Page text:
What does Trust have to do with communication and feedback?

 Enquiring about ‘Are you doing anything special tonight for Valentine’s?’ to a colleague yielded the response, ‘I went out yesterday, it’s awful being     in a restaurant and seeing couples there who don’t seem to have much to talk about’.

I began to think about the times when we are together as a group, as a team, in a meeting and there are things that we want to say but never voice  them because we may lack the confidence to be critical, have a fear of upsetting or hurting other people’s feelings, of those in authority, of reprisals or hope that someone else will say what we are thinking….and so the ‘unspoken’ never gets voiced and behaviours go unchanged.

Last week I was working with a leader who was poor at communicating with his senior team in a timely fashion, cascading information, giving and receiving feedback…In his eyes it was his team who was at fault. Exploring these issues and holding a mirror up to the client helped to raise self awareness and his role in contributing to the problem. This can be quite hard hitting when you are the one receiving such feedback.

One of the ways of dealing with communication issues within a team is to get everyone in the room at the same time to surface and explore the issues from differing perspectives. Silence, tension, conflict, emotions…may arise when such issues are fleshed out in the open.

Fostering a safe space where each person can be heard, has a voice and can speak openly and honestly is essential when facilitating this type of exploration and dialogue.

Listening to other people’s perspectives creates greater insight and understanding which in turn enables better relationships. The result of engaging in ‘difficult’ conversations can help with accountability, ownership, responsibility for behaviours and actions and for some it can be cathartic.

Being open and honest with each other is dependent on trust. You are less likely to be critical, challenge or give ‘negative’ feedback to someone if you don’t trust them.

The Institute of Leadership and Management measures 6 dimensions of trust: ability, understanding, fairness, openness, integrity and consistency in its Index of Leadership Trust (ILM 2011). In creating an environment of trust within the workplace, I would add:

  • Provide regular opportunities for staff to get to know each other
  • Articulate shared purpose and values
  • Set clear expectations and ensure that staff are clear about their roles and responsibilities
  • Demonstrate integrity and respect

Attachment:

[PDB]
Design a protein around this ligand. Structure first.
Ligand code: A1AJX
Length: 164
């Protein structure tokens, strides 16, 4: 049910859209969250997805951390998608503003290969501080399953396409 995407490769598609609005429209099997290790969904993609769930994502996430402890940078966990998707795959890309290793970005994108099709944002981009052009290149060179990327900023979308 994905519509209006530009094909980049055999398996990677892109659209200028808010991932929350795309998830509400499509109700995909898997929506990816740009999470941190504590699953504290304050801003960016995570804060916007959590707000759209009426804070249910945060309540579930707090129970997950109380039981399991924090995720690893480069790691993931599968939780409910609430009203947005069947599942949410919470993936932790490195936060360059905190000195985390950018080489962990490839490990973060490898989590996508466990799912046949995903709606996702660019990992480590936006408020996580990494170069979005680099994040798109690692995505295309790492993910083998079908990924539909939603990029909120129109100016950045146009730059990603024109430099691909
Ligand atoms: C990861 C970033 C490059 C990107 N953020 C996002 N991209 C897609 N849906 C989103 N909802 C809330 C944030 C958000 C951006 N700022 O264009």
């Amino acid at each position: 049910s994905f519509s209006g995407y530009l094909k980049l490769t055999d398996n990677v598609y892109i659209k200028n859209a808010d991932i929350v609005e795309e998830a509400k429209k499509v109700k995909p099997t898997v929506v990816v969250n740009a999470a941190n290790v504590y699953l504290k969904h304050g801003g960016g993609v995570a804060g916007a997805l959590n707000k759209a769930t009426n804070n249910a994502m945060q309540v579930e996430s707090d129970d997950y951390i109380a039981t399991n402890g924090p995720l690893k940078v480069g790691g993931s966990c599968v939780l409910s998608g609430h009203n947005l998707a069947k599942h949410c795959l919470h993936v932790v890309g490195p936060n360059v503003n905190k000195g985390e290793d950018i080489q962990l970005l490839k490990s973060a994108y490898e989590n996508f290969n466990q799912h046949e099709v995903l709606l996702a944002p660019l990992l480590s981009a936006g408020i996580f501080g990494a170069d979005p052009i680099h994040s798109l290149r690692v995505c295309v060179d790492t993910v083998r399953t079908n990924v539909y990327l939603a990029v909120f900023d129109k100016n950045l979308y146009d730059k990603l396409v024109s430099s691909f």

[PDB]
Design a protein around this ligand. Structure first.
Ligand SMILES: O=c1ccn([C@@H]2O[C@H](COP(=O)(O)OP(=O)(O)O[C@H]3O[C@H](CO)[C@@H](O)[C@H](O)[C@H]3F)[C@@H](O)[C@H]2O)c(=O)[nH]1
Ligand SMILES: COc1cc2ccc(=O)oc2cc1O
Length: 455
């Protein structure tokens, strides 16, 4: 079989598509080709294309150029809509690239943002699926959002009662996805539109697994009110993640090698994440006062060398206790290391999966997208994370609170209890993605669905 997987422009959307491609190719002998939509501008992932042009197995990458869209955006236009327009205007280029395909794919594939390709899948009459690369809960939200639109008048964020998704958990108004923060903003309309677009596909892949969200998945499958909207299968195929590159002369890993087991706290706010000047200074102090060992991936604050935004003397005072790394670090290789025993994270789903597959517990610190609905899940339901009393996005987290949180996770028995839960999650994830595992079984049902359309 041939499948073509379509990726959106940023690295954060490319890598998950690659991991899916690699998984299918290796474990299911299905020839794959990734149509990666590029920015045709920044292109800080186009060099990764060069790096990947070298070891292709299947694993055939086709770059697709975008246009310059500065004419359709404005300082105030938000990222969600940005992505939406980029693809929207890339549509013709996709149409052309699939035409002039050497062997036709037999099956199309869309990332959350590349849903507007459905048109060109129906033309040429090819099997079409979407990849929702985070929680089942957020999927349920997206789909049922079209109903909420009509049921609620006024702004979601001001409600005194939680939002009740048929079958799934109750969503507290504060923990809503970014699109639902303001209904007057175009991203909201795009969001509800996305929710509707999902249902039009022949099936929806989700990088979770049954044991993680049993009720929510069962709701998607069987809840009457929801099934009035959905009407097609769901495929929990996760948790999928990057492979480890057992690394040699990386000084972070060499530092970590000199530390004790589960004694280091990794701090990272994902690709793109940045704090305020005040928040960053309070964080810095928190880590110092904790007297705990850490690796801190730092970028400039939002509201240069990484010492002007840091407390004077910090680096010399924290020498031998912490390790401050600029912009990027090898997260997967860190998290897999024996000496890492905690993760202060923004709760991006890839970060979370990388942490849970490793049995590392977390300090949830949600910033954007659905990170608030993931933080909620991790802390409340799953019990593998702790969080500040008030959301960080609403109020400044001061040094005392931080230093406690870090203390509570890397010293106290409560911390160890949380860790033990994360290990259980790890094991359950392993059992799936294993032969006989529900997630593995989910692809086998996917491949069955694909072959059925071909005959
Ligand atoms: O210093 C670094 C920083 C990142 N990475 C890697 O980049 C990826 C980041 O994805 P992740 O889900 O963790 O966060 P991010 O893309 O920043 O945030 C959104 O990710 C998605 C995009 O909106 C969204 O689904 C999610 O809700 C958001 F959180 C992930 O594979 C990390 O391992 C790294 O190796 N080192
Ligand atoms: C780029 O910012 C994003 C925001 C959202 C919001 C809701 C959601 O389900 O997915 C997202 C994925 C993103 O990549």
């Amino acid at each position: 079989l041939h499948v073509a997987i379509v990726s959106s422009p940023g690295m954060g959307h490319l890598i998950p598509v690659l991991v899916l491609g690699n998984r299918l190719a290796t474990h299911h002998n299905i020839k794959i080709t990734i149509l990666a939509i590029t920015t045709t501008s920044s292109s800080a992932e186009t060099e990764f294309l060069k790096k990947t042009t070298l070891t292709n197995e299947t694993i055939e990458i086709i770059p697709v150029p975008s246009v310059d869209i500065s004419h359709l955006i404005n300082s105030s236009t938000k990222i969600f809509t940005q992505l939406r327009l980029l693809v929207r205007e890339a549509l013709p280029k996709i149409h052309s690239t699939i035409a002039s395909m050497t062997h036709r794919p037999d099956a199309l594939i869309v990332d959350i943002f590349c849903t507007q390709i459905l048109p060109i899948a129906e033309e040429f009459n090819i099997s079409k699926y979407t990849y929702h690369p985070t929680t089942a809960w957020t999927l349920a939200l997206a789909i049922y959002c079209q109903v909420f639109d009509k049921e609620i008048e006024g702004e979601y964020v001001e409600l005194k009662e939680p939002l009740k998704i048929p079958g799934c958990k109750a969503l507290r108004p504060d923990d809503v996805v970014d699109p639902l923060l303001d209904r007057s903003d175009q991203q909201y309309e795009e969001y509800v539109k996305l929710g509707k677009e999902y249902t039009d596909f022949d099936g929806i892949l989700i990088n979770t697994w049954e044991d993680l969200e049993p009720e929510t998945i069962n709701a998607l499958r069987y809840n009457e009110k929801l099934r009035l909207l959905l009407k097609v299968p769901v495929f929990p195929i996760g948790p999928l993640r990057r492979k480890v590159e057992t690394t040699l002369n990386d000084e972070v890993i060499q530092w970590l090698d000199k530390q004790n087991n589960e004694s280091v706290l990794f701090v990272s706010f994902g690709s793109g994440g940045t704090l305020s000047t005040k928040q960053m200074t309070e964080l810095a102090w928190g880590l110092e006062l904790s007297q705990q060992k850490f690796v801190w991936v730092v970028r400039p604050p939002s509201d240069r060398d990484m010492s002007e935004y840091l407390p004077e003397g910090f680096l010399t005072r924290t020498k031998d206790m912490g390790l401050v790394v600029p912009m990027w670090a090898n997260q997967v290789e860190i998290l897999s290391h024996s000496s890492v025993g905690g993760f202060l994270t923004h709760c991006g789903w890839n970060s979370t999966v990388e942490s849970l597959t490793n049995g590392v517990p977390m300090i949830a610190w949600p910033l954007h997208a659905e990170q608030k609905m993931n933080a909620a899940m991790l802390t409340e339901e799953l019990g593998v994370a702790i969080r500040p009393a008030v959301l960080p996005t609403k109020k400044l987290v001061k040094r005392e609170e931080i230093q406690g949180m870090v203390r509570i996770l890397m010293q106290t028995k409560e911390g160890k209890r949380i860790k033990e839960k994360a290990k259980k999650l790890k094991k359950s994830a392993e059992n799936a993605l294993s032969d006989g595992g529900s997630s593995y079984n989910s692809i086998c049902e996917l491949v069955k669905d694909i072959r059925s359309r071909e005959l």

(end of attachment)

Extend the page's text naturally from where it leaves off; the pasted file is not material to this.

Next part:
• Maintain open and honest lines of communications
  • Share information and knowledge
  • Include staff in decision making whenever possible
  • Be transparent

Would love to hear your perspective

  • What are your experiences of giving feedback, of being critical, of holding people to account for their behaviour and actions?
  • How easy / difficult do you find this?
  • What is it like to be on the receiving end of ‘negative’ feedback?
  • What are your tips for creating trust within the work place?
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About verawoodhead

I'm an executive coach, leadership facilitator and learning & development consultant working with managers and leaders to develop the skills and behaviours to inspire performance and drive results; achieve promotion ; make successful career changes, be resilient and thrive at work. Within organisations, I help to facilitate better conversations, design learning interventions which deliver practical and lasting solutions aligned to business strategy and goals. Connect with me on Twitter @verawoodhead
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6 Responses to What does Trust have to do with communication and feedback?

  1. Jamie says:

    Cultivating the habit of saying “thank you” when receiving feedback is crucial and helps me to accept it and not be defensive when it’s of a critical nature. Love your blog! Some of our content is similar. It appears that you use wordpress for your website and blog. Correct? I’m considering making changes to mine and would welcome your thoughts on this. much appreciated.

    • verawoodhead says:

      Thank you Jamie for your kind words. I agree that not getting defensive in such situations is crucial.
      Shall check out your blog. Always good to connect with folks who have similar interests.
      Yes, my blog is WordPress but website is not – though incorporating 2

  2. Lis Merrick says:

    Excellent Vera. You’ve hit the spot so accurately with this one. Lis

  3. This made me think about the work of Nancy Kline in More Time to Think. Giving people in teams the opportunity, uninterrupted to voice their thoughts and feelings is a great way to build trust and open up a trusting dialogue at the start of meetings and really does work!

    • verawoodhead says:

      Hi Jan, you are spot on. Having that space and time is so important in not enabling one to voice one’s opinions and thoughts but also to think and reflect. I am finding that in our time constraint world such ‘basics’ don’t take place

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